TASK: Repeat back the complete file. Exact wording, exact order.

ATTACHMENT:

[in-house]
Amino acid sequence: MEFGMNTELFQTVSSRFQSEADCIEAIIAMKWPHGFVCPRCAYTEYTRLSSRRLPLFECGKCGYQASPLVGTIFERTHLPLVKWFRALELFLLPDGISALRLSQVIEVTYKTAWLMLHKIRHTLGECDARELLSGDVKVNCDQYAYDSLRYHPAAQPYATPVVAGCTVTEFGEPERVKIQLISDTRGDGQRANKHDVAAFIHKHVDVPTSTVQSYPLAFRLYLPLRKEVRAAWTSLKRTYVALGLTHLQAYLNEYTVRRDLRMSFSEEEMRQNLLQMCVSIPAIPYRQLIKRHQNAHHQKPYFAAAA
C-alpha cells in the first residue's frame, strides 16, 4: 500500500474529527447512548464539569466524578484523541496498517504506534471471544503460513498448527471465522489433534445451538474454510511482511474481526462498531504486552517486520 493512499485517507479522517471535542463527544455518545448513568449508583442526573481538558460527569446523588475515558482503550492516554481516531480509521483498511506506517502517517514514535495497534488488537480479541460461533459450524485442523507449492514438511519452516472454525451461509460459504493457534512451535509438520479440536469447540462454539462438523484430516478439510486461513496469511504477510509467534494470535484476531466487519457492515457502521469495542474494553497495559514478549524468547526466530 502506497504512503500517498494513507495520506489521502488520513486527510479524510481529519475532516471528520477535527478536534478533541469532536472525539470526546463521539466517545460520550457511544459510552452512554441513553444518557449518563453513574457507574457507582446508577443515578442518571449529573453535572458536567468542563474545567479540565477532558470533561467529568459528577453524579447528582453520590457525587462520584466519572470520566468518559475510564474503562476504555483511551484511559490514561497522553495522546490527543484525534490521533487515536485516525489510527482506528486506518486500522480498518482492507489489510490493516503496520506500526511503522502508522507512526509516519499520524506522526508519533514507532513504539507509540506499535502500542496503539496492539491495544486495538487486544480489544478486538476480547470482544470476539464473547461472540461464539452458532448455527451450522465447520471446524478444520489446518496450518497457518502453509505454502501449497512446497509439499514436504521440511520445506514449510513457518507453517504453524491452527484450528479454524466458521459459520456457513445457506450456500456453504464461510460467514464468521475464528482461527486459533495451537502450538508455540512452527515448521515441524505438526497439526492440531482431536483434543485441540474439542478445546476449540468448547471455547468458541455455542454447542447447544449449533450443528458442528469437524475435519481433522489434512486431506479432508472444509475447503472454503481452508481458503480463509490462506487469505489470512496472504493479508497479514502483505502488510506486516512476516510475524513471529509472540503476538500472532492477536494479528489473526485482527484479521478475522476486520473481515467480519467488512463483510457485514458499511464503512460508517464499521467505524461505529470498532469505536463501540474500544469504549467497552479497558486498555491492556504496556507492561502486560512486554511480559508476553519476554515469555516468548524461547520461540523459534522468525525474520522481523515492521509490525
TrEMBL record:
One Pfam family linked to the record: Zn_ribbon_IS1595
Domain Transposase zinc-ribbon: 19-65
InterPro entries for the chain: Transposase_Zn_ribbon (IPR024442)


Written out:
[in-house]
Amino acid sequence: MEFGMNTELFQTVSSRFQSEADCIEAIIAMKWPHGFVCPRCAYTEYTRLSSRRLPLFECGKCGYQASPLVGTIFERTHLPLVKWFRALELFLLPDGISALRLSQVIEVTYKTAWLMLHKIRHTLGECDARELLSGDVKVNCDQYAYDSLRYHPAAQPYATPVVAGCTVTEFGEPERVKIQLISDTRGDGQRANKHDVAAFIHKHVDVPTSTVQSYPLAFRLYLPLRKEVRAAWTSLKRTYVALGLTHLQAYLNEYTVRRDLRMSFSEEEMRQNLLQMCVSIPAIPYRQLIKRHQNAHHQKPYFAAAA
C-alpha cells in the first residue's frame, strides 16, 4: 500500500474529527447512548464539569466524578484523541496498517504506534471471544503460513498448527471465522489433534445451538474454510511482511474481526462498531504486552517486520 493512499485517507479522517471535542463527544455518545448513568449508583442526573481538558460527569446523588475515558482503550492516554481516531480509521483498511506506517502517517514514535495497534488488537480479541460461533459450524485442523507449492514438511519452516472454525451461509460459504493457534512451535509438520479440536469447540462454539462438523484430516478439510486461513496469511504477510509467534494470535484476531466487519457492515457502521469495542474494553497495559514478549524468547526466530 502506497504512503500517498494513507495520506489521502488520513486527510479524510481529519475532516471528520477535527478536534478533541469532536472525539470526546463521539466517545460520550457511544459510552452512554441513553444518557449518563453513574457507574457507582446508577443515578442518571449529573453535572458536567468542563474545567479540565477532558470533561467529568459528577453524579447528582453520590457525587462520584466519572470520566468518559475510564474503562476504555483511551484511559490514561497522553495522546490527543484525534490521533487515536485516525489510527482506528486506518486500522480498518482492507489489510490493516503496520506500526511503522502508522507512526509516519499520524506522526508519533514507532513504539507509540506499535502500542496503539496492539491495544486495538487486544480489544478486538476480547470482544470476539464473547461472540461464539452458532448455527451450522465447520471446524478444520489446518496450518497457518502453509505454502501449497512446497509439499514436504521440511520445506514449510513457518507453517504453524491452527484450528479454524466458521459459520456457513445457506450456500456453504464461510460467514464468521475464528482461527486459533495451537502450538508455540512452527515448521515441524505438526497439526492440531482431536483434543485441540474439542478445546476449540468448547471455547468458541455455542454447542447447544449449533450443528458442528469437524475435519481433522489434512486431506479432508472444509475447503472454503481452508481458503480463509490462506487469505489470512496472504493479508497479514502483505502488510506486516512476516510475524513471529509472540503476538500472532492477536494479528489473526485482527484479521478475522476486520473481515467480519467488512463483510457485514458499511464503512460508517464499521467505524461505529470498532469505536463501540474500544469504549467497552479497558486498555491492556504496556507492561502486560512486554511480559508476553519476554515469555516468548524461547520461540523459534522468525525474520522481523515492521509490525
TrEMBL record:
One Pfam family linked to the record: Zn_ribbon_IS1595
Domain Transposase zinc-ribbon: 19-65
InterPro entries for the chain: Transposase_Zn_ribbon (IPR024442)